Creamed sausage, potato and cabbage soup a la zuppa Toscana

If I had access to kale, I’d have used a bunch in lieu of white cabbage. If I had, this would be a real Zuppa Toscana, that famed Italian soup that chef Emeril Lagasse swears his mother cooks the best version of. But I don’t know where to buy kale — in my lonely corner of suburbia or anywhere else in this country. Armed with the information that it is a variety of cabbage, I figured I’d just use white cabbage.

The result is a hearty soup that is a complete meal by itself. So rich, so filling, so comforting. Perfect for the rainy weather.

What, exactly, is Zuppa Toscana aside from the fact that kale is an ingredient? Essentially, it is a sausage and vegetables soup to which cream is added. To draw out all the flavors from the sausage meat, it is first browned then simmered slowly with the vegetables. The cream is added toward the end.

Some notes before going into the recipe. First, any soup starts with good broth. Really good broth. I always recommend homemade broth.

I like to make a huge pot then freeze the broth in batches so that every time I want to make soup, all I have to do is thaw one container.

I understand that making broth from scrap bones isn’t up everyone’s alley. There are canned broths in the market. Or even broth cubes. But I really and empathically discourage those with MSG — not for health reasons but because MGS drowns out the flavors of the other ingredients in the dish.

Second, what sausage to use? Italian sausage is associated with sausages seasoned with paprika (ergo, they appear reddish) and are both hot and a bit sweet. While you can use any sausage that you like (canned Vienna sausage and hotdogs don’t really count), I suggest you choose a spicy kind. We buy ours from Monterey. Note though that different outlets have different standards for sausage-making. Sausages from Monterey at Cherry’s Supermarket in Antipolo are just terrible, for instance. We like the sausages from Monterey Marcos Highway in Cainta just outside Town & Country Executive Homes. I’ll leave it to you to source your sausage and the rest of the ingredients.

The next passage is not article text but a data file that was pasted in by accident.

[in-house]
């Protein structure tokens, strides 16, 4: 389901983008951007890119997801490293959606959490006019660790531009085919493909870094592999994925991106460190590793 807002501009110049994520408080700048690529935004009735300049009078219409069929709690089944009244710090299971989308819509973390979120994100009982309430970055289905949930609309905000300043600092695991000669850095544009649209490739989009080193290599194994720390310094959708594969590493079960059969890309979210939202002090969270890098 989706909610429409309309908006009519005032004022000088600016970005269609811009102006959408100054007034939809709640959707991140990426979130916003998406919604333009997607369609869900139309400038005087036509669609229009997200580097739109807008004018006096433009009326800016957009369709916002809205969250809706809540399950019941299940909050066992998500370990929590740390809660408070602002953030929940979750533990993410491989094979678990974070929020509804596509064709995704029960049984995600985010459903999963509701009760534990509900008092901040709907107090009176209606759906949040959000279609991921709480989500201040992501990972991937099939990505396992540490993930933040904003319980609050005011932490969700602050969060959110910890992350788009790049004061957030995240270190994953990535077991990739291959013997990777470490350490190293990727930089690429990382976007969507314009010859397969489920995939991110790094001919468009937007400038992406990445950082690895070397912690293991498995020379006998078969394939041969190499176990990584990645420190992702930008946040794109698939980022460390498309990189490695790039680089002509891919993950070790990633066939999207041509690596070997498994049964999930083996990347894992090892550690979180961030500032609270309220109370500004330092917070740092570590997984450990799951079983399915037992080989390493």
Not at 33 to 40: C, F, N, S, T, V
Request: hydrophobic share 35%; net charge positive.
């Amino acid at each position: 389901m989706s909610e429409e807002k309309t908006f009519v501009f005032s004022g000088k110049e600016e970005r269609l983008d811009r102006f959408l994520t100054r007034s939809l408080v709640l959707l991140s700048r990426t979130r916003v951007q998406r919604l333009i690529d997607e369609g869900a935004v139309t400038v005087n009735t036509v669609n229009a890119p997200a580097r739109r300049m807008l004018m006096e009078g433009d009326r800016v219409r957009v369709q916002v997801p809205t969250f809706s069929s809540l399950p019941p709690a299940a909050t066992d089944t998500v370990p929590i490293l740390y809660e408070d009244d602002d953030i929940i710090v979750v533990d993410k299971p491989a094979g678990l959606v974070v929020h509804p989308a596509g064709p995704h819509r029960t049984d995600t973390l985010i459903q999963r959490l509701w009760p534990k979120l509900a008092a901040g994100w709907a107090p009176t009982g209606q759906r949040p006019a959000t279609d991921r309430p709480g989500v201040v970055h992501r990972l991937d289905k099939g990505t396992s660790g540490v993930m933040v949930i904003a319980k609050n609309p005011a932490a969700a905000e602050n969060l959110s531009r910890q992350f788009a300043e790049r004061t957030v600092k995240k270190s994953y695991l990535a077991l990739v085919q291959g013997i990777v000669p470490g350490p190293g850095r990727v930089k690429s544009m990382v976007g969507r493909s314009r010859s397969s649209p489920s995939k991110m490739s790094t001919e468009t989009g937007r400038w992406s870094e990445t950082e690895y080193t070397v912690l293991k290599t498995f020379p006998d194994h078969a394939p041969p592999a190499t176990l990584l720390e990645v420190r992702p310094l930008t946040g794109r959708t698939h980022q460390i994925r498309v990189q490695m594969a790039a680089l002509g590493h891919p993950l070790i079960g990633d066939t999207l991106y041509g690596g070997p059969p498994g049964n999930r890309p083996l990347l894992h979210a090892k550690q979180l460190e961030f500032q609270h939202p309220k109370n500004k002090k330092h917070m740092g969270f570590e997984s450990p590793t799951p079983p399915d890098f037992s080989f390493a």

Recipe: Creamed sausage, potato and cabbage soup a la zuppa Toscana


  • about 200 g. of spicy sausage
  • 1/2 c. of chopped onion
  • 1 c. of dry white wine (please don’t ask for brands — any wine you’d care to drink will be good enough)
  • 2 c. of cubed potatoes
  • 1 c. of cubed carrots
  • 2 to 3 c. of sliced white cabbage
  • about 8 c. of broth
  • salt, to taste
  • 1 c. of cream (please click here before asking what brand of cream)
  • 1/4 c. of chopped parsley


  2. Slit the sausage skin, peel off and discard. Break the sausage meat into small clumps.
  4. Cook the sausage meat until lightly browned (there is no need to add oil since the sausage meat will render its own fat).
  6. Add the chopped onion and cook gently over medium heat with occasional stirring until the onion bits soften slightly.
  8. Don’t worry if brown matter starts to form at the bottom of the pan. That is FLAVOR.